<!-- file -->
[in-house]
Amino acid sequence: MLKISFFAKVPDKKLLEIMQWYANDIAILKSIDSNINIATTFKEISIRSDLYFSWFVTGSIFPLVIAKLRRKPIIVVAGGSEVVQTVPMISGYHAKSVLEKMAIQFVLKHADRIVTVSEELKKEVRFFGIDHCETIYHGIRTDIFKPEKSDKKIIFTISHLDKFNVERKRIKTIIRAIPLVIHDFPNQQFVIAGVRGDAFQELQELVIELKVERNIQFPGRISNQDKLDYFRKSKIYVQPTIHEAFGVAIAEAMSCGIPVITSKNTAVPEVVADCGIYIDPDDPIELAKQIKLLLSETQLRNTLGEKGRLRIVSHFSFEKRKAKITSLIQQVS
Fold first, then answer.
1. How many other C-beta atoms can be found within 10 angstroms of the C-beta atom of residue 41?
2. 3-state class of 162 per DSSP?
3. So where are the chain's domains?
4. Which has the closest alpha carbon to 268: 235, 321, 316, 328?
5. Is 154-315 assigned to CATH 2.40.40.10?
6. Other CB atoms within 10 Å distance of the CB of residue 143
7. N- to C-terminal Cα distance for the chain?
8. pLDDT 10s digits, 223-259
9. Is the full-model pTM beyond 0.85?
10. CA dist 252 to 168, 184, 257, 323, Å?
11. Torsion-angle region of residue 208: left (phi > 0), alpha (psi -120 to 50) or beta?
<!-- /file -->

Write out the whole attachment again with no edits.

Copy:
[in-house]
Amino acid sequence: MLKISFFAKVPDKKLLEIMQWYANDIAILKSIDSNINIATTFKEISIRSDLYFSWFVTGSIFPLVIAKLRRKPIIVVAGGSEVVQTVPMISGYHAKSVLEKMAIQFVLKHADRIVTVSEELKKEVRFFGIDHCETIYHGIRTDIFKPEKSDKKIIFTISHLDKFNVERKRIKTIIRAIPLVIHDFPNQQFVIAGVRGDAFQELQELVIELKVERNIQFPGRISNQDKLDYFRKSKIYVQPTIHEAFGVAIAEAMSCGIPVITSKNTAVPEVVADCGIYIDPDDPIELAKQIKLLLSETQLRNTLGEKGRLRIVSHFSFEKRKAKITSLIQQVS
Fold first, then answer.
1. How many other C-beta atoms can be found within 10 angstroms of the C-beta atom of residue 41?
2. 3-state class of 162 per DSSP?
3. So where are the chain's domains?
4. Which has the closest alpha carbon to 268: 235, 321, 316, 328?
5. Is 154-315 assigned to CATH 2.40.40.10?
6. Other CB atoms within 10 Å distance of the CB of residue 143
7. N- to C-terminal Cα distance for the chain?
8. pLDDT 10s digits, 223-259
9. Is the full-model pTM beyond 0.85?
10. CA dist 252 to 168, 184, 257, 323, Å?
11. Torsion-angle region of residue 208: left (phi > 0), alpha (psi -120 to 50) or beta?